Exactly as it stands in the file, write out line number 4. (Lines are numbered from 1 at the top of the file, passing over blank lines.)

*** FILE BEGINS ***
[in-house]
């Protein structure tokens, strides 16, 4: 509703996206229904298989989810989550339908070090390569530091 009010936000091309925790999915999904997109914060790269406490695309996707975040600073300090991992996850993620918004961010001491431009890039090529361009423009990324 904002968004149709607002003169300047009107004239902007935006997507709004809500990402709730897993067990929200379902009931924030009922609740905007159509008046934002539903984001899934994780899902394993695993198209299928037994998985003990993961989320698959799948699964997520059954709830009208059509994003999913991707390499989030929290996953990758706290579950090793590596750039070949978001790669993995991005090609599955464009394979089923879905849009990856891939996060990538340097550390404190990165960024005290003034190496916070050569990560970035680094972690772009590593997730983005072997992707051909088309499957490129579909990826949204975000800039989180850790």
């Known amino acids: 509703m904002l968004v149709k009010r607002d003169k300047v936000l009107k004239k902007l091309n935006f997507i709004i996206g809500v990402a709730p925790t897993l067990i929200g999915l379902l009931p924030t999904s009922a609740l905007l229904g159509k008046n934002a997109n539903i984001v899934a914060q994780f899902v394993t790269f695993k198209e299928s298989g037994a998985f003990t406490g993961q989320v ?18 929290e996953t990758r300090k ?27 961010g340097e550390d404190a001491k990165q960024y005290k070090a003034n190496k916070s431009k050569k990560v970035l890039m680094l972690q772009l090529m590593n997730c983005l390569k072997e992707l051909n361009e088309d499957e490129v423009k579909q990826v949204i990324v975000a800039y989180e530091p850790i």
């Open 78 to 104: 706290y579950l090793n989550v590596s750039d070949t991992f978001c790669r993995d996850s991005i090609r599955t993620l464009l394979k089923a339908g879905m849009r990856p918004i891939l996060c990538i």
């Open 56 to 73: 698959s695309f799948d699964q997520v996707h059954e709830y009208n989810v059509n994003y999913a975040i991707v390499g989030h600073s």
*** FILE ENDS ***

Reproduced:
């Open 78 to 104: 706290y579950l090793n989550v590596s750039d070949t991992f978001c790669r993995d996850s991005i090609r599955t993620l464009l394979k089923a339908g879905m849009r990856p918004i891939l996060c990538i």